The Intervenors allege that Ms. Tang, along with the other “Fraud Defendants”, represented to the Plaintiffs that they would earn 9% interest per year over two years if they invested the proceeds of their investment in the Company into KG Bayside. They also allege that Ms. Tang and the other Defendants never intended for that money to remain in KG Bayside. Instead, they always intended to transfer the money without consideration to Mr. Chen and Silver City. The Intervenors further allege that Ms. Tang acted as a manager of and exercised control over the Company and KG Bayside, and that she used this position to induce the Intervenors to make their investments. Ms. Tang also undisputedly signed the subscription agreements on behalf of the Company, which set forth the agreement that the Intervenors allege the Defendants never intended to honor. The Intervenors also allege that Ms. Tang worked with Mr. Yuan and Ms. Chen and as a manager of the Company, Knights Genesis, and KG Bayside to help perpetuate the underlying fraud.6

The court also found that the alleged false statements were misrepresentations of fact intended to induce Intervenors to invest in the Company; they were not mere statements of future performance.7 Because the court found that the alleged misrepresentations did not implicate defendants’ performance obligations under the agreements with Intervenors, the court rejected the argument that the fraud claims duplicated the breach of contract claims.8

In support of her argument for dismissal of the breach of fiduciary duty claim, Tang claimed that, among other things, she did not owe Intervenors a fiduciary duty. The motion court rejected the argument.

To state a claim for breach of fiduciary duty, a plaintiff must allege that a defendant owed him/her a fiduciary duty, that the defendant committed misconduct, and that the plaintiff suffered damages caused by that misconduct.9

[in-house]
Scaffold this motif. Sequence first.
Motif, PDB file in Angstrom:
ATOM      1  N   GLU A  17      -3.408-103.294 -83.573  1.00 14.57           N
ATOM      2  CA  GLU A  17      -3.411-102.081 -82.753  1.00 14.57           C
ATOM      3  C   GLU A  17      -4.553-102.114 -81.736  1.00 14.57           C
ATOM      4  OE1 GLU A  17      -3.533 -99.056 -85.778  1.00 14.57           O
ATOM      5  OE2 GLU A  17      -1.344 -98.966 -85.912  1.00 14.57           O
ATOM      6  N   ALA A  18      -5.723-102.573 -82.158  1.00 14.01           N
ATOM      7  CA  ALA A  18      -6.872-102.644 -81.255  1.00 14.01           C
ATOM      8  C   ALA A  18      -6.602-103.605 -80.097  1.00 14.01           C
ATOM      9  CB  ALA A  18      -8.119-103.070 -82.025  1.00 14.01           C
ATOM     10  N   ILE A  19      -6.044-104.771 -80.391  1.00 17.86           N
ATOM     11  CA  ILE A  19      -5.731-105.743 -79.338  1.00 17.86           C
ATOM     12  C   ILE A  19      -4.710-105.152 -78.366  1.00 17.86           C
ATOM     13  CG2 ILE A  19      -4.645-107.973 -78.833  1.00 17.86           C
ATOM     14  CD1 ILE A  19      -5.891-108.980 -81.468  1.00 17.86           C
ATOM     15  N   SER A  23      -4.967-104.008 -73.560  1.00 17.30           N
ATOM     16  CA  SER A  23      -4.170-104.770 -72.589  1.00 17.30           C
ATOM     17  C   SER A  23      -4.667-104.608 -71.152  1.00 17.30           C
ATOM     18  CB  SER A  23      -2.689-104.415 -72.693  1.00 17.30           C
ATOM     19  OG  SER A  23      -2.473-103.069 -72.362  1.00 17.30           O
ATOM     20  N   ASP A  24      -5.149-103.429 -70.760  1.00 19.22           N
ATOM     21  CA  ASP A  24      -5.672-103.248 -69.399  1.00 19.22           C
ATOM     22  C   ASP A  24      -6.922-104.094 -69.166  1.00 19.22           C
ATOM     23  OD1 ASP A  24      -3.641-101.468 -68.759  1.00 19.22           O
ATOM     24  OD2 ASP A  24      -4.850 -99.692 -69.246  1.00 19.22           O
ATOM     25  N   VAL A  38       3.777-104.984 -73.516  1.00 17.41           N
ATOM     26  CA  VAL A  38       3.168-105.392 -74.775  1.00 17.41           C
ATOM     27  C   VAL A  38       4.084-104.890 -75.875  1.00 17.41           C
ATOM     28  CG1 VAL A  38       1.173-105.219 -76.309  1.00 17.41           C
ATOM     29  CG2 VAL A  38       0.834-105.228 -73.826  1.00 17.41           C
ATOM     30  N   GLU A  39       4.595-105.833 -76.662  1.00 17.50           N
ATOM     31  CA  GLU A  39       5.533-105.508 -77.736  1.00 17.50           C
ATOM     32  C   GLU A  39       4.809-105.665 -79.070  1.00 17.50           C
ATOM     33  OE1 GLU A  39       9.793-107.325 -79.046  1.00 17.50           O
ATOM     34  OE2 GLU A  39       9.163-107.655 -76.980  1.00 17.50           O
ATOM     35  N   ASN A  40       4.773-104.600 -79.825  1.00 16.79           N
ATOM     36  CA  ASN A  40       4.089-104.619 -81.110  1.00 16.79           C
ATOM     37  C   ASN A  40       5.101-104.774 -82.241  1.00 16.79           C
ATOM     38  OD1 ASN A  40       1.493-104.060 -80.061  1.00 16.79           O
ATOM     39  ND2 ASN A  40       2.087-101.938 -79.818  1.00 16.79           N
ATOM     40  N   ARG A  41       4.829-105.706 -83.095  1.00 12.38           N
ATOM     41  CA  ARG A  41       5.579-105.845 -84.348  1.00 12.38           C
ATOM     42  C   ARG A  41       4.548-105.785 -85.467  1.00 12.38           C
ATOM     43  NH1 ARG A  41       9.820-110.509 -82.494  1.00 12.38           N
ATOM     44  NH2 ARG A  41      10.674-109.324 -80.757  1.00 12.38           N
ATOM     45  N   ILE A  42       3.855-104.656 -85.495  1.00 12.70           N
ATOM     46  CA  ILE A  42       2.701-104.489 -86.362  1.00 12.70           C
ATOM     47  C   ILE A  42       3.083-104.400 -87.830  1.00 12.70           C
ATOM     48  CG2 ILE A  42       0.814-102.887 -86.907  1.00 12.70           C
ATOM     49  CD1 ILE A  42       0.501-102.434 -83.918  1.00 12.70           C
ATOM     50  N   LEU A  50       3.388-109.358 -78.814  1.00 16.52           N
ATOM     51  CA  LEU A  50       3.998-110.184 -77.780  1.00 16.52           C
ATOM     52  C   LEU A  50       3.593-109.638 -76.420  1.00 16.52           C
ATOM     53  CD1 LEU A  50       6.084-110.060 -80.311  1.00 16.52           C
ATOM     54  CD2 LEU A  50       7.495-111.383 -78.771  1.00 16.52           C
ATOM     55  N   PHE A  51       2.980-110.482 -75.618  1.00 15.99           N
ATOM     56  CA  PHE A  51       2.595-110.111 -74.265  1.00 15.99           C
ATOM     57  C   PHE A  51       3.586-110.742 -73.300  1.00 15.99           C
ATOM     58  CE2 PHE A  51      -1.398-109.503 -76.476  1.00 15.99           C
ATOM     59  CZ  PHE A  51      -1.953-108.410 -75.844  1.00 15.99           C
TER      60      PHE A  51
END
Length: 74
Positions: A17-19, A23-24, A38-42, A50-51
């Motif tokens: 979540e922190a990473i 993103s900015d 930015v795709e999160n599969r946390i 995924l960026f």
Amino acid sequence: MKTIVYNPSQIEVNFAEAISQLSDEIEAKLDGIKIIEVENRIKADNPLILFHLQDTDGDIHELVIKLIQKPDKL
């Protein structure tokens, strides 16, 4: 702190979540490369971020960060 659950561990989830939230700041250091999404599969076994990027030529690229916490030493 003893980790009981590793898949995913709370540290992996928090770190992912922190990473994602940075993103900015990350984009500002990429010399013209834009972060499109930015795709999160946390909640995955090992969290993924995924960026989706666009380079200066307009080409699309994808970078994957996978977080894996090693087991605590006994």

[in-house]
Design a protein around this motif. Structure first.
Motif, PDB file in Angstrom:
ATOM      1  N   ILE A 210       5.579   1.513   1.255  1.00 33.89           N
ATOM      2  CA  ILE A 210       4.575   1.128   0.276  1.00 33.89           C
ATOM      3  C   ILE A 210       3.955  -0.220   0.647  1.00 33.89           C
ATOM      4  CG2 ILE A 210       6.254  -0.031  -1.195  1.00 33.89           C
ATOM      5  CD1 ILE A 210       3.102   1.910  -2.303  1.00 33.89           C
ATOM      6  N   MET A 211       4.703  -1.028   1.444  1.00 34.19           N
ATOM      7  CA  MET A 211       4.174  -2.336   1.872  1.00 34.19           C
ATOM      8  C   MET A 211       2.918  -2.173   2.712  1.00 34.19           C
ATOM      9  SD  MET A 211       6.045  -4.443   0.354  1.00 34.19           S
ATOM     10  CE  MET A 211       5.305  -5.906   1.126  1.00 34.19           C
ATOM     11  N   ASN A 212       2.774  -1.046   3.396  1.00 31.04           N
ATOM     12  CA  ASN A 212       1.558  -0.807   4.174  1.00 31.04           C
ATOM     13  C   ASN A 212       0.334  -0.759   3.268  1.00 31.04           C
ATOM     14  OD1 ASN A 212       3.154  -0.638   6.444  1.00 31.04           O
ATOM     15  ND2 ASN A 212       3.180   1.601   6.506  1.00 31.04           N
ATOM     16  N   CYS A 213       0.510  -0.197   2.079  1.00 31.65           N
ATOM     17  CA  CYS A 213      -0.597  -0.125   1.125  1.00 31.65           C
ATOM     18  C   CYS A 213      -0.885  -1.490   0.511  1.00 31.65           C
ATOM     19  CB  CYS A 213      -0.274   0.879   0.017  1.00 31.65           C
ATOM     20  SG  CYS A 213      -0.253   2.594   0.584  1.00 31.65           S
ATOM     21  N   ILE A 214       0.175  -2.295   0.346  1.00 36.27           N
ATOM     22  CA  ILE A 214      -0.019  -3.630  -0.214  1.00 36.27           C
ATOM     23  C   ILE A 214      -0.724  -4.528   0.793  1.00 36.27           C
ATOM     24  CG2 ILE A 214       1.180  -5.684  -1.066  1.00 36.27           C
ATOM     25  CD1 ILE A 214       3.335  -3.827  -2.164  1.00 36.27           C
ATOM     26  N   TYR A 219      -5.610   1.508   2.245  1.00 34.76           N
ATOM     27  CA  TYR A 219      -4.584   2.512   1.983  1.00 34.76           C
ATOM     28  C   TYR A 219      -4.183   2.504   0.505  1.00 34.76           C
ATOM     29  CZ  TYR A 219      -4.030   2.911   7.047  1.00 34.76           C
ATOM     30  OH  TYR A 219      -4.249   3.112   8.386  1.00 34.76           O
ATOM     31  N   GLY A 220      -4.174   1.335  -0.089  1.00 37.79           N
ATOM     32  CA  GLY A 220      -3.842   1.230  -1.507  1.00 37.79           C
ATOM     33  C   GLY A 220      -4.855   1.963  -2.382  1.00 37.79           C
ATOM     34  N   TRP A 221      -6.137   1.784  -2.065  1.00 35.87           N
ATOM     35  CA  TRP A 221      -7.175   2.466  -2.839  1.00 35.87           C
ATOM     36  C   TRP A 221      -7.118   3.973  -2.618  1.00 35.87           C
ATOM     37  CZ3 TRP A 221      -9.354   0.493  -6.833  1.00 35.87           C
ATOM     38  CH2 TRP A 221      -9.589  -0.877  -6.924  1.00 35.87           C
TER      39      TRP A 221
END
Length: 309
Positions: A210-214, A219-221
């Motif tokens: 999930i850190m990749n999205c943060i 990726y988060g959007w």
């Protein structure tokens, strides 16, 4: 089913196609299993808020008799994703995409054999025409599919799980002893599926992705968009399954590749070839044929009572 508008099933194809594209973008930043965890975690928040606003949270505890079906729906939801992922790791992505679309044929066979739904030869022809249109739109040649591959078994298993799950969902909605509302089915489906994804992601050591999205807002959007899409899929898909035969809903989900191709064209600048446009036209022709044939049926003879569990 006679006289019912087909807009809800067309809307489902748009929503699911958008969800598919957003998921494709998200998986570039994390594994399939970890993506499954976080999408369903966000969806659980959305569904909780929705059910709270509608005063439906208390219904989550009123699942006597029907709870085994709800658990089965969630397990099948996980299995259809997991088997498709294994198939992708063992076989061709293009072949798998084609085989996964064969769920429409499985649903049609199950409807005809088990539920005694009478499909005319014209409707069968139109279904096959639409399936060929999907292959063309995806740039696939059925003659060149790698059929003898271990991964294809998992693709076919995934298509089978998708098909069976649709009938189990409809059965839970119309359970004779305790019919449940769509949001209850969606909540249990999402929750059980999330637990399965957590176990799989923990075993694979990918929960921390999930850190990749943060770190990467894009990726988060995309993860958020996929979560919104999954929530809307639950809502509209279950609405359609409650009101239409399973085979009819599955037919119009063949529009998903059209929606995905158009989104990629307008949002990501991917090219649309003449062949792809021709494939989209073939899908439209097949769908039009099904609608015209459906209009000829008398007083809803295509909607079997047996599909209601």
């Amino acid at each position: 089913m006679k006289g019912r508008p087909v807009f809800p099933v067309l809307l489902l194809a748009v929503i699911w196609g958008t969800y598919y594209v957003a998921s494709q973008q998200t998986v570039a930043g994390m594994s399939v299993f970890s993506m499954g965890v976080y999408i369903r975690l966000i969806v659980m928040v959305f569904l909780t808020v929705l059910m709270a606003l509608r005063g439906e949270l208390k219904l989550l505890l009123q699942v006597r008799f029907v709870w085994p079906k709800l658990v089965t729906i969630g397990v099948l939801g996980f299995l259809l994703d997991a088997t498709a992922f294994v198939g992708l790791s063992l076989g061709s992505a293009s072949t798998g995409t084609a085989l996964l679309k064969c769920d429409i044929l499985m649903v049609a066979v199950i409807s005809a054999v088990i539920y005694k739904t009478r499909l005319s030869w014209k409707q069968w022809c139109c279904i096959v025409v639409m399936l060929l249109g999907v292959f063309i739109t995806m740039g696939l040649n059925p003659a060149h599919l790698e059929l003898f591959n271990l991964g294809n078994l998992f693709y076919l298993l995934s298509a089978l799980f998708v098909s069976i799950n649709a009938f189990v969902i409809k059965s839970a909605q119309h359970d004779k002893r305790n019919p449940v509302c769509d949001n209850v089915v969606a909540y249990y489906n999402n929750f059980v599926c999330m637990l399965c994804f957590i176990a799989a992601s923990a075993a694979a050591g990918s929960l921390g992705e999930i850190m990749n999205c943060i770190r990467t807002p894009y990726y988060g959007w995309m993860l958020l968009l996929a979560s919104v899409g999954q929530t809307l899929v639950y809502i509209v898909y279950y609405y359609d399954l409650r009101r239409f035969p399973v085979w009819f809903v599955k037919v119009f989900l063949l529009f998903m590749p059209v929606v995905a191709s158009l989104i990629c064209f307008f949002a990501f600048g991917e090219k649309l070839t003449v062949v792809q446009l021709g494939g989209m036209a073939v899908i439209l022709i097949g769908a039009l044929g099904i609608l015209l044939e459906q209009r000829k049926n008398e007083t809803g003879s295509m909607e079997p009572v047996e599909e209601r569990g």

The motion court held that Intervenors sufficiently alleged a fiduciary relationship between themselves and defendant because of defendant’s status as a managing member and their ownership interests in the Company and KG Bayside. Under New York law, managing members of an LLC owe its members fiduciary duties.10 

Finally, the court held that Intervenors adequately pleaded alter ego liability against defendants.11 To pierce the corporate veil, a plaintiff must demonstrate that (i) the defendants exercise complete domination of the corporation in respect to the transaction attacked, and (ii) that such domination was used to commit a fraud or wrong against the plaintiff which resulted in the plaintiff’s injury.12 At the pleading stage, a plaintiff must do more than merely allege that a defendant engaged in improper acts or acted in bad faith; plaintiff must allege facts that, if proved, indicate that the defendant exercised complete domination or control and abused the privilege of doing business in the corporate form to perpetuate a wrong or injustice.13